Hampshire Student Seeks to Improve Accessibility in Basketball with a Speech–to–Sign Language Algorithm
Driven to merge his passions — technology and social impact — Division II student Rupert Tawiah-Quashie built a tool to help officiate basketball games for deaf players. The program translates referees’ voices into sign language.
For his Div II, Rupert Tawiah-Quashie F22 designed a speech–to–sign language algorithm. We spoke with him about his project’s genesis, the mentors who guided him, the grants that supported his vision, and his commitment to greater inclusivity in sports.
How did you first get interested in this project?
My uncle and cousin are devoted Boston Celtics fans who would get hyped during games over plays and fouls I didn’t grasp. As a basketball novice, I knew little beyond the goal of getting the ball in the hoop. Curious to understand their passion, I researched the sport’s origins, rules, and how they were created. I stumbled upon an article titled “Basketball and the Deaf,” by Hunter Clark. In it, Clark highlighted the challenges deaf players and referees face during fast-paced games.
I dove into articles on communication techniques and refereeing tactics, becoming engrossed in this obstacle to accessibility. I realized that one major challenge that referees faced during a game like basketball was calling the fouls on time. Their motto is “See it and call it,” but how can you blow the whistle if the players can’t hear? Sometimes they have to chase players down the court to stop the action, and that disrupts the whole game. Basketball is a game that promotes sportsmanship, teamwork, and togetherness, so I had the idea for this project.
What steps did you take?
When I first embarked on this project, I was woefully ignorant about sign language. I immersed myself in learning the nuances of the hand shapes, palm orientations, movements, and facial expressions that make up this complex visual language. I watched videos of interpreters demonstrating basketball terms in sign language, envisioning how this could help bridge the communication divide. I spent countless hours creating a dataset of snippets of basketball sign-language videos and their meaning from the internet. I then motion-captured the hand movements to animate an avatar for uniformity.
When it finally worked seamlessly, I was overwhelmed with gratitude and amazement. The algorithm took the voice, converted it into text, broke it down into word tokens, and then the avatar — based on my sister’s face — demonstrated the corresponding sign language for each word in succession. Now a referee’s voice could instantly be translated to signing. It was incredibly rewarding.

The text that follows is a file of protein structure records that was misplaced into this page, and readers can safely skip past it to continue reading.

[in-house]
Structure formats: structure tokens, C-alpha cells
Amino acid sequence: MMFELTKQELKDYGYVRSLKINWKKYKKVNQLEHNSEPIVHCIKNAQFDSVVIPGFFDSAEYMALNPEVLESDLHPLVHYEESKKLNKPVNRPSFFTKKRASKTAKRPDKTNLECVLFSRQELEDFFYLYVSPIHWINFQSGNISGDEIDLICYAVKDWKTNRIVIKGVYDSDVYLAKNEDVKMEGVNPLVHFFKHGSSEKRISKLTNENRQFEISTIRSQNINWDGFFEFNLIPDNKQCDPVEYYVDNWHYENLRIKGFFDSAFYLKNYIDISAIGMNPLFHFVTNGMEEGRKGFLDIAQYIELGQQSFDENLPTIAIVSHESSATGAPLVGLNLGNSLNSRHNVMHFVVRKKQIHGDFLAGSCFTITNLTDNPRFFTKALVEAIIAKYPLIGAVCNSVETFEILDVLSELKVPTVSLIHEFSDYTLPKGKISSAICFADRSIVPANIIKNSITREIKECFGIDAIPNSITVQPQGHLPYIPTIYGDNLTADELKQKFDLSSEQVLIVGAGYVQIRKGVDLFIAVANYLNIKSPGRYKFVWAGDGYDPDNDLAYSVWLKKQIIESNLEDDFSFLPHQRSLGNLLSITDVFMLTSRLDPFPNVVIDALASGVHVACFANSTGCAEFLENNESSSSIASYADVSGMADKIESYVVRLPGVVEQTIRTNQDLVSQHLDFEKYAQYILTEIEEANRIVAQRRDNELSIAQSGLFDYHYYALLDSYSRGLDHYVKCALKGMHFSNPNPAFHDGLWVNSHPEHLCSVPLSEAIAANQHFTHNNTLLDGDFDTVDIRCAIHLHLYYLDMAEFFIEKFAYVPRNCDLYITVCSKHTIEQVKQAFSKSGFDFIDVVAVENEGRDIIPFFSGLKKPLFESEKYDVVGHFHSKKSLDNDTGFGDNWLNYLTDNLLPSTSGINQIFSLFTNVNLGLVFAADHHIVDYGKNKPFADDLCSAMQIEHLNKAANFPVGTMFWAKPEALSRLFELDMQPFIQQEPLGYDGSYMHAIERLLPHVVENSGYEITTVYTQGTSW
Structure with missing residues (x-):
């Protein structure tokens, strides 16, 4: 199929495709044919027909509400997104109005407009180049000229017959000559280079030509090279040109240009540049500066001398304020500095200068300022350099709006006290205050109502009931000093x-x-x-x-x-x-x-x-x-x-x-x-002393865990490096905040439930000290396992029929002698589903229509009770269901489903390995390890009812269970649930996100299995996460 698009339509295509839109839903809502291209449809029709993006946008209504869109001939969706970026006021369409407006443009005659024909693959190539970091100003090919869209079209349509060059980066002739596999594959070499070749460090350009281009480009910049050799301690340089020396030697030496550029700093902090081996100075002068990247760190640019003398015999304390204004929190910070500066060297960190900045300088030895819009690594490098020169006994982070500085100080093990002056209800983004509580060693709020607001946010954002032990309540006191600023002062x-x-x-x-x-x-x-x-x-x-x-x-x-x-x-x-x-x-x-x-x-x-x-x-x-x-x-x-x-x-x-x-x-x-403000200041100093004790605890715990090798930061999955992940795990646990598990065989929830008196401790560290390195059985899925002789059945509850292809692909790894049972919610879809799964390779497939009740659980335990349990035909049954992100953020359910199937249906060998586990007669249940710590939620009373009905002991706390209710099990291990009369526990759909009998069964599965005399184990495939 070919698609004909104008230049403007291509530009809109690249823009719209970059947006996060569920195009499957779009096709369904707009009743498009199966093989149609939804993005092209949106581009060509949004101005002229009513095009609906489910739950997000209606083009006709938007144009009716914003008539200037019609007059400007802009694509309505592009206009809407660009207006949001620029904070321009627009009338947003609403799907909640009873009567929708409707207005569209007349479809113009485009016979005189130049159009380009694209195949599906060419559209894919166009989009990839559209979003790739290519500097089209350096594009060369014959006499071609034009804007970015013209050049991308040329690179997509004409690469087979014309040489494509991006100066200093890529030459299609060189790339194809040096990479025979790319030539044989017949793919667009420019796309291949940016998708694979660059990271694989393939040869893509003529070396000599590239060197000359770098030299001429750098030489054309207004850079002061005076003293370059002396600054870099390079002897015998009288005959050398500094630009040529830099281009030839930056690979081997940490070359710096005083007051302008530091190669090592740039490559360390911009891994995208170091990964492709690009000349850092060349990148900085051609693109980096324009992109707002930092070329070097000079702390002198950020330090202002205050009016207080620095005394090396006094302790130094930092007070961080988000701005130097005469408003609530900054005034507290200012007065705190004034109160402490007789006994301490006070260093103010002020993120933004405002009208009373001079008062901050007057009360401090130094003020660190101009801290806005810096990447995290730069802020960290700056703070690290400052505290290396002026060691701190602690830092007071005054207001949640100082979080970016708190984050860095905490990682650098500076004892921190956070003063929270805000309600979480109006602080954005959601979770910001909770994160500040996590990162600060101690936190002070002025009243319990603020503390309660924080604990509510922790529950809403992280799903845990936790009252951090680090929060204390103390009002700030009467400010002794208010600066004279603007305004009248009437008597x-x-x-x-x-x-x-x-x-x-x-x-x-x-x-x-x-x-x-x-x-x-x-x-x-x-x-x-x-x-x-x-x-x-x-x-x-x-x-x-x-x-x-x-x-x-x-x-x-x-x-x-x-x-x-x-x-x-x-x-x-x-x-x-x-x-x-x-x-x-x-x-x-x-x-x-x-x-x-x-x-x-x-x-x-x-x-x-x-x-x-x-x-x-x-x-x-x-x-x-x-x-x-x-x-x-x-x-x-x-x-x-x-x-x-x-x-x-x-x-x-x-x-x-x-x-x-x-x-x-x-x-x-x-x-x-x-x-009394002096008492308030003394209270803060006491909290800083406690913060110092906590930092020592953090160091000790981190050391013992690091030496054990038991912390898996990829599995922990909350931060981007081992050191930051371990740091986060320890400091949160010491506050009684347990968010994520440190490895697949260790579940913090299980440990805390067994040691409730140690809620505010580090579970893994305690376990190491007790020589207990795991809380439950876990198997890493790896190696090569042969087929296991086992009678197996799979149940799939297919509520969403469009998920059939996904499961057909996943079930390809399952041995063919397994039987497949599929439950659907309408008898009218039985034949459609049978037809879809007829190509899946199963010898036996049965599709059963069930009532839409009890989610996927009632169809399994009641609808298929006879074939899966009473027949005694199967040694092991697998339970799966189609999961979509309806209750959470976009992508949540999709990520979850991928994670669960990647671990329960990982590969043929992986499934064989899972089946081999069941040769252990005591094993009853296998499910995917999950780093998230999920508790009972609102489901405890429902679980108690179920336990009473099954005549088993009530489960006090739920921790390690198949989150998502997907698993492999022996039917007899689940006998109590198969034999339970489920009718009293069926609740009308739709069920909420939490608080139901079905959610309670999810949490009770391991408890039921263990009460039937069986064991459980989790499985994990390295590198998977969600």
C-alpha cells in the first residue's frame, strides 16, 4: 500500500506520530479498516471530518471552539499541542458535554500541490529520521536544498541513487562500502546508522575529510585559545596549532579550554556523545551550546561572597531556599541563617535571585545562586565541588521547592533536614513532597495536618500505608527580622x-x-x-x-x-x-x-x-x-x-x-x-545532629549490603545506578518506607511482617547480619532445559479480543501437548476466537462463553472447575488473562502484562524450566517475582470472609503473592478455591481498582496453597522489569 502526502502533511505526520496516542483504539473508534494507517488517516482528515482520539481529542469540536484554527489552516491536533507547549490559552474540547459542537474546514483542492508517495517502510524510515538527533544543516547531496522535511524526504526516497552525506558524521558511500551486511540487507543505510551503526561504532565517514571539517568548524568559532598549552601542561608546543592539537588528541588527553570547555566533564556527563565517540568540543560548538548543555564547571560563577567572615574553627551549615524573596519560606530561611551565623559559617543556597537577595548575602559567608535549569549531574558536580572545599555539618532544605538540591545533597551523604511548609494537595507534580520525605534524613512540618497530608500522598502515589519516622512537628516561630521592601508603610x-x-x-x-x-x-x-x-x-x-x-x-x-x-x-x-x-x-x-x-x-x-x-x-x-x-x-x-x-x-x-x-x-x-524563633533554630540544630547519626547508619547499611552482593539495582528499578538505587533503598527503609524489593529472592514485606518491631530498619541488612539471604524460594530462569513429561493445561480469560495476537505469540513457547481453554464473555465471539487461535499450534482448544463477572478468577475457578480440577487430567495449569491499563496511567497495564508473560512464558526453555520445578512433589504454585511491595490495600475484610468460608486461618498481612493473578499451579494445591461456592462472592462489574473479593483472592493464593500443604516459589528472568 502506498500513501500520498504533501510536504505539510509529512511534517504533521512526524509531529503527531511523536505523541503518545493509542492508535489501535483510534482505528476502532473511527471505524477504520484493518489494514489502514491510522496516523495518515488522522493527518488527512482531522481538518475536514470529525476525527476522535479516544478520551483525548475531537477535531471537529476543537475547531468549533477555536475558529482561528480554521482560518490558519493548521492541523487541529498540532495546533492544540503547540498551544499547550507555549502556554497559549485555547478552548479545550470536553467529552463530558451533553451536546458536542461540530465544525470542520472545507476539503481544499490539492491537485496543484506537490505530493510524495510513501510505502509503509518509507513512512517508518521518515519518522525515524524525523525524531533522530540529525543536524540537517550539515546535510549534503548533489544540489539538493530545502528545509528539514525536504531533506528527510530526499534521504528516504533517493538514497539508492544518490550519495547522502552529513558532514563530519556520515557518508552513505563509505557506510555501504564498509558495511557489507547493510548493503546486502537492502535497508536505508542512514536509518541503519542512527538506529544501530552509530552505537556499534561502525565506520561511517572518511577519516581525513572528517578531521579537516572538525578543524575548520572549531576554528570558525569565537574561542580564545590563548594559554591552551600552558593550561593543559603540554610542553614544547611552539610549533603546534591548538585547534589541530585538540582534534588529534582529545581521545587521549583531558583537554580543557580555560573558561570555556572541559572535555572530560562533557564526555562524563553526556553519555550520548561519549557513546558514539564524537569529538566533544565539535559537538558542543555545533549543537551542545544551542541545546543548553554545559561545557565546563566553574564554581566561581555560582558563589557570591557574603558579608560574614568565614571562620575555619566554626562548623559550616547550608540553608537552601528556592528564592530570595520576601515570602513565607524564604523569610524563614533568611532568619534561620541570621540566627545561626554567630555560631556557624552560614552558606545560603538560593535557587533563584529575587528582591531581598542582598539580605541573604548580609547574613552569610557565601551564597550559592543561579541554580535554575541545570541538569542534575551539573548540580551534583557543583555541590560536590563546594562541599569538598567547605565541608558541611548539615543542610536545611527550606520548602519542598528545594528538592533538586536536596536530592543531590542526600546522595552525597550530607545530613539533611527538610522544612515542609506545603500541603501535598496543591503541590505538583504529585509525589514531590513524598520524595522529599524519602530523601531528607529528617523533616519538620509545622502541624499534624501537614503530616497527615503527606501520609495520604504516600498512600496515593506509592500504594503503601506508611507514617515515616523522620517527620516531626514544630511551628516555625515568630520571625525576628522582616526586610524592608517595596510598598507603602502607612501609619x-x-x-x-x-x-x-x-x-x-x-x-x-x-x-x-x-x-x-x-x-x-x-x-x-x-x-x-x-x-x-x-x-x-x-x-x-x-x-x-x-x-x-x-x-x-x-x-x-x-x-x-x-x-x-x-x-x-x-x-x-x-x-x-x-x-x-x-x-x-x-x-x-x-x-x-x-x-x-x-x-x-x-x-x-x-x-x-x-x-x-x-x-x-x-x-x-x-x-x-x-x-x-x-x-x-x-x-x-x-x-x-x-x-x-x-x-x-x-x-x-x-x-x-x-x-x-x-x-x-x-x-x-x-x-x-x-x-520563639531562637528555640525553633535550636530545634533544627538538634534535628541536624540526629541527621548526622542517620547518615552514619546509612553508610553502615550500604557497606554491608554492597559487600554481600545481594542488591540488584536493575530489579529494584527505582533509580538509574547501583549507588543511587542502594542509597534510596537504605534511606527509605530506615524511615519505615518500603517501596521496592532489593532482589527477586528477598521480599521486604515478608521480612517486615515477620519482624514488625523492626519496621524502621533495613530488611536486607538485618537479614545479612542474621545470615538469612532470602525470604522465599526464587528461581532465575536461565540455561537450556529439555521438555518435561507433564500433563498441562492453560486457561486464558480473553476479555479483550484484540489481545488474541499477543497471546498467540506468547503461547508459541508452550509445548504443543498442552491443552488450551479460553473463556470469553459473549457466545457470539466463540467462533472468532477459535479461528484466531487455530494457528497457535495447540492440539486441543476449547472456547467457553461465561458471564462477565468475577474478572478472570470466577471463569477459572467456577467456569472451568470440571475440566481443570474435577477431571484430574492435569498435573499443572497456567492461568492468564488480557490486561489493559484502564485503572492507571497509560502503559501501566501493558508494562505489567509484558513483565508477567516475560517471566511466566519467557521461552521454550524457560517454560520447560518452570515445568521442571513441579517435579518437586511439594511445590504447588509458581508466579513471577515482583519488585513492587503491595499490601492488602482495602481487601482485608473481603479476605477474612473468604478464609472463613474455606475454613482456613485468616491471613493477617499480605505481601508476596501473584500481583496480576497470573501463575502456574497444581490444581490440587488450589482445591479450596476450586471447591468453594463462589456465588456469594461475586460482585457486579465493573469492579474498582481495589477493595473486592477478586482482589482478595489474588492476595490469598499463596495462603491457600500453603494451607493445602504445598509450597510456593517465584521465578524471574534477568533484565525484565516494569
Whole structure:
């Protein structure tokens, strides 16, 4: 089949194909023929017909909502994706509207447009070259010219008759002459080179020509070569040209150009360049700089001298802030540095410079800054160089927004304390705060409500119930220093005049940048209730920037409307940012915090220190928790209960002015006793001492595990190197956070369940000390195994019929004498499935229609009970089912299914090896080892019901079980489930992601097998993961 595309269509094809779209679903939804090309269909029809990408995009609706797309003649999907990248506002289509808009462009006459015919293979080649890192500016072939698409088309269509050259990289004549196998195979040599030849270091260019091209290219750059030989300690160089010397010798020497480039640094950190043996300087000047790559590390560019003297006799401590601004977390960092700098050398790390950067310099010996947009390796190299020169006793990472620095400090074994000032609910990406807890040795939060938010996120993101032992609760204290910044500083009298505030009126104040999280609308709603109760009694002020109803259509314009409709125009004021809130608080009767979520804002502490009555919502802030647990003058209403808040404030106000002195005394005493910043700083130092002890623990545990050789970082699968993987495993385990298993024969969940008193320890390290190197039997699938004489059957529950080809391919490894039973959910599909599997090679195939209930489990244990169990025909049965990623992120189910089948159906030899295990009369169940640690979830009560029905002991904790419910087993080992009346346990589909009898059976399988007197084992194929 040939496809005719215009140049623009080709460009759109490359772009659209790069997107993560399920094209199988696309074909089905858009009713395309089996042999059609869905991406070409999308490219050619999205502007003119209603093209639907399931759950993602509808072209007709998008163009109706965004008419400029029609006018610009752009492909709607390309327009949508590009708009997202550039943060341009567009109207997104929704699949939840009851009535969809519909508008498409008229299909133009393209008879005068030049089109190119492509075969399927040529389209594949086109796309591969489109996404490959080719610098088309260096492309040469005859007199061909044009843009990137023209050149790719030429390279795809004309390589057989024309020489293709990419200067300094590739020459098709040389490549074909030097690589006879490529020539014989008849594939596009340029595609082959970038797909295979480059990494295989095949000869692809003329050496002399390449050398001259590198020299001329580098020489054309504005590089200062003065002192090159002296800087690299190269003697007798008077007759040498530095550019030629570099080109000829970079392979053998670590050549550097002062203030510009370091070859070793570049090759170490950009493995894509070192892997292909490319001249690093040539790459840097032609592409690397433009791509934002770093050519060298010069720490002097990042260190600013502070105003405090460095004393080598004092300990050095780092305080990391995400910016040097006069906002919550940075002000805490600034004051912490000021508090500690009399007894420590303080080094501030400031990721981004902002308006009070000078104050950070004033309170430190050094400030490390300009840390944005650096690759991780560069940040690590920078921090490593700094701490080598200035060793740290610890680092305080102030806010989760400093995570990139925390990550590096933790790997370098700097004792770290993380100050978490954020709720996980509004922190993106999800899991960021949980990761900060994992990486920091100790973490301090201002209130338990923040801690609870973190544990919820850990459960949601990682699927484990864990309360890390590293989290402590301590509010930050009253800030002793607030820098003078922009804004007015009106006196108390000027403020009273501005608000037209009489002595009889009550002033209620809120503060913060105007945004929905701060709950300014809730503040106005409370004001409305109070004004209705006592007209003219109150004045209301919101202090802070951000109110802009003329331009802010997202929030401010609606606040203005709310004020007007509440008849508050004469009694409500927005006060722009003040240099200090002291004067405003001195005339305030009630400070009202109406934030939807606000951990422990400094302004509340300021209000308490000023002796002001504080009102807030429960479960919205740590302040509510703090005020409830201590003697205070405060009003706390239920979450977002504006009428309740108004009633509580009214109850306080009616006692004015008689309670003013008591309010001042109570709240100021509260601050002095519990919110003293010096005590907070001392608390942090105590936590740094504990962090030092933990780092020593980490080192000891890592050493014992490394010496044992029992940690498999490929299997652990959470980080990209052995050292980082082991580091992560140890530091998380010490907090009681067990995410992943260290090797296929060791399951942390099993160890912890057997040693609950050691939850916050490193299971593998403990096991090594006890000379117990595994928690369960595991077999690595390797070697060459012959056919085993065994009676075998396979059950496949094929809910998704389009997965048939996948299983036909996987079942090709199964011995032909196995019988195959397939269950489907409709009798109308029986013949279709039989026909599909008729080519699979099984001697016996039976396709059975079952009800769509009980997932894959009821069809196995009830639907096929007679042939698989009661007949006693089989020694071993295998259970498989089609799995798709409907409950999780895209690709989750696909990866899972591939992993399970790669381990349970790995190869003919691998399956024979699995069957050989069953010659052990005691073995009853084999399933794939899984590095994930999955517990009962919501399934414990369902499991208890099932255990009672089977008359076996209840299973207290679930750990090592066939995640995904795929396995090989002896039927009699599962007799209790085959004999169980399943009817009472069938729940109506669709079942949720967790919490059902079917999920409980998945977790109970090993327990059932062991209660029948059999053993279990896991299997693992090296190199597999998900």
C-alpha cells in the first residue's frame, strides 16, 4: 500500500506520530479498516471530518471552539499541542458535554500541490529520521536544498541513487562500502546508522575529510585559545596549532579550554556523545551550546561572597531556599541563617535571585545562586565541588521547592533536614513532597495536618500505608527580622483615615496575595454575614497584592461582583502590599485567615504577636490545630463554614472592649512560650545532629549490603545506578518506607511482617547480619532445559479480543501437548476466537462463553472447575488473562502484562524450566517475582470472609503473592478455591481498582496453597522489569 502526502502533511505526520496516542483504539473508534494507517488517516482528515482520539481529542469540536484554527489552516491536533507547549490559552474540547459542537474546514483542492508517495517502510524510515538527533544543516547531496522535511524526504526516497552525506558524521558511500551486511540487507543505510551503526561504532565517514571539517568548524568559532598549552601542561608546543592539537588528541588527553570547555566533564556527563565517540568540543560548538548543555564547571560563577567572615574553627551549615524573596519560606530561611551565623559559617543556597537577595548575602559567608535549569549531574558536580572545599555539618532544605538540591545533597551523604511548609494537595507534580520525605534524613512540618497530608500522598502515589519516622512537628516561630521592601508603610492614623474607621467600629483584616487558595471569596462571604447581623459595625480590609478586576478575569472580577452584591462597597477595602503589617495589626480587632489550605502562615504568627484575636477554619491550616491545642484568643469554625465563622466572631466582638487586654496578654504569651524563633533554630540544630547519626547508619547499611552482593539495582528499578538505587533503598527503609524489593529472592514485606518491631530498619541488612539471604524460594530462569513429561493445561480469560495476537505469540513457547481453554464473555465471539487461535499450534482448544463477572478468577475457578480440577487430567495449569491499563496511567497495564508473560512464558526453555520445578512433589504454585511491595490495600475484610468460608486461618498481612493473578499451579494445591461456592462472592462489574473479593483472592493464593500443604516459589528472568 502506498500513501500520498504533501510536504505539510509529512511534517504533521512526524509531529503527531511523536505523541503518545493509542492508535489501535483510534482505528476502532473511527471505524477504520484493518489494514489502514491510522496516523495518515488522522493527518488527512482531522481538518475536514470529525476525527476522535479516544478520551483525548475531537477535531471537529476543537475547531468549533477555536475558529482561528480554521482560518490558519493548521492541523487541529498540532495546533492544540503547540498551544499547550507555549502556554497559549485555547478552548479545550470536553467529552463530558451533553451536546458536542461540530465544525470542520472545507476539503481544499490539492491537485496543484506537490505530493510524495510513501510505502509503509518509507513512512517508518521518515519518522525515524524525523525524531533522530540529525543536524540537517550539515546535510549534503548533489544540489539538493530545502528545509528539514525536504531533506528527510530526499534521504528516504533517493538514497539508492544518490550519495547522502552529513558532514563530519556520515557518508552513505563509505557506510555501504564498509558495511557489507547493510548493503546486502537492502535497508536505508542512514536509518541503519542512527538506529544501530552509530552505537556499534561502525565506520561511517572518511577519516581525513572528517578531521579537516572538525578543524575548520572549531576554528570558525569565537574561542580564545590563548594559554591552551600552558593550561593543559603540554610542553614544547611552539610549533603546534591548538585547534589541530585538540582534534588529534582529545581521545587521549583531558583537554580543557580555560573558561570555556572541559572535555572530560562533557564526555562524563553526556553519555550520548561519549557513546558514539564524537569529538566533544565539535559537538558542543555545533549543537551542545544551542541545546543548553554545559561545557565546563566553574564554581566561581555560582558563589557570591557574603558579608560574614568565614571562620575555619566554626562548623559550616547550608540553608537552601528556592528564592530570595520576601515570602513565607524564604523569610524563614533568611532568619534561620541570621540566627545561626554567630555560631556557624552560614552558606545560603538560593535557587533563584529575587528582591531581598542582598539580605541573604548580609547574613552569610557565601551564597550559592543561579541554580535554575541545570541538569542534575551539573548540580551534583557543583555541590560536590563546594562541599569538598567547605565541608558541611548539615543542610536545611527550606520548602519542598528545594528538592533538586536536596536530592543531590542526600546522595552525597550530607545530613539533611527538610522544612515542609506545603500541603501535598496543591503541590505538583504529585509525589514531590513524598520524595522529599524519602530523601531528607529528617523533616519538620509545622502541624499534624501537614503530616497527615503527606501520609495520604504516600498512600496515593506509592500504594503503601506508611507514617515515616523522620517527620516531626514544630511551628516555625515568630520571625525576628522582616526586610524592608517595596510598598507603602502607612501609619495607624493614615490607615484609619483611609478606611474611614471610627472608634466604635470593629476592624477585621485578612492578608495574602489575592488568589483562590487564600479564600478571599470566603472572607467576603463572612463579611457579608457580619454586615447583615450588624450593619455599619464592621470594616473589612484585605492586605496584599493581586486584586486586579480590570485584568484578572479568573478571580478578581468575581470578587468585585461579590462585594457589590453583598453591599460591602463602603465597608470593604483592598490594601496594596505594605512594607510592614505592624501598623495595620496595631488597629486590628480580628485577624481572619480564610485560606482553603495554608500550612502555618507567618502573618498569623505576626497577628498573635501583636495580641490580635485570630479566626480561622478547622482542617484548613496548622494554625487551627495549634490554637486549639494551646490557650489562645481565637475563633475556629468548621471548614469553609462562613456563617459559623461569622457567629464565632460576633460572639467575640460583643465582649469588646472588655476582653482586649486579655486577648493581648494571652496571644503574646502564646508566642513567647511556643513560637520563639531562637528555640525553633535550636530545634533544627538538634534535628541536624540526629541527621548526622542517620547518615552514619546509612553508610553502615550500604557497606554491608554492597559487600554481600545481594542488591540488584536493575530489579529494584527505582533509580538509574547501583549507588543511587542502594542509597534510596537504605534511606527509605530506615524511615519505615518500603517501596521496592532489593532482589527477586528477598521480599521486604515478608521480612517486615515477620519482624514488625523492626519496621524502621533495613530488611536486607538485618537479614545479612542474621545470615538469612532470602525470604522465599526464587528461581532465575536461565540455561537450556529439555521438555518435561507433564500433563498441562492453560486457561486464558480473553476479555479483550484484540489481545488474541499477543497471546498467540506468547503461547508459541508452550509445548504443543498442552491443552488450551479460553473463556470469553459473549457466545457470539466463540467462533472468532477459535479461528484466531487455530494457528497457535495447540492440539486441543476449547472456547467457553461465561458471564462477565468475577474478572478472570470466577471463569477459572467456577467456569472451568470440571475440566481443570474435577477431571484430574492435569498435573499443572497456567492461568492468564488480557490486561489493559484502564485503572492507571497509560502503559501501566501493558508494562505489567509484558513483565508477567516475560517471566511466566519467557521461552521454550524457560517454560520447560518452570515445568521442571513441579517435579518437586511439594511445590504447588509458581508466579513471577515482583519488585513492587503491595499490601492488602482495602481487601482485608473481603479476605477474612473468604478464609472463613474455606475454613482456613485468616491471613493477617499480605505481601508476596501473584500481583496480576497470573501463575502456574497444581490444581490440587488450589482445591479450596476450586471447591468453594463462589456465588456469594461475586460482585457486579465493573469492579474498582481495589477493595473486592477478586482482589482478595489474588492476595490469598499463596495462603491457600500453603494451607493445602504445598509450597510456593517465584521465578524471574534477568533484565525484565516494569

Were any faculty members particularly inspiring/helpful along the way?
Visiting Assistant Professor of Psychology Ethan Ludwin-Peery, my Division II chair, was instrumental in nurturing the algorithm from an embryonic idea into a fully realized tool. When I first shared the concept with him, unsure if it was too ambitious, he encouraged me to dream big. His faith in my potential gave me the confidence to pursue it.
Did you need/receive any funding?
One of the aspects of Hampshire College that I appreciate most is the generous grant program, which empowers students to pursue meaningful work. When conceptualizing my project, I was able to align my goals with several relevant grants and make a compelling case for support. The process of researching appropriate funding sources and articulating my vision in applications taught me invaluable skills.
The Culture, Brain, Development Program (CBD) grant I received was foundational, underwriting the ambitious scope of the project and validating its potential for impact. With CBD support, I purchased subscriptions to help animate and run the models.
The Cognitive Science Research Fund was essential for exploring the intersection of language, technology, and accessibility. Perhaps most meaningful was the Ruth Moore Fund for ASL/Deaf Studies. Knowing this project honored Ruth Moore’s legacy by advancing inclusion inspired me daily.
What are your plans for the algorithm?
My purpose in designing this algorithm was to make basketball more inclusive, not to make a profit. And this project wouldn’t have been possible without open-source resources, repositories, grants, and visionaries who share their gifts. So, I intend to make the code freely available to build upon. My dream is for this technology to grow beyond my contributions and improve through many caring hearts and hands.
I’m filled with gratitude for the mentors, funders, and pioneers who paved the way for this project. Now I hope to pay that generosity forward. The algorithm is just the beginning; there are so many possibilities to increase accessibility that have yet to be imagined.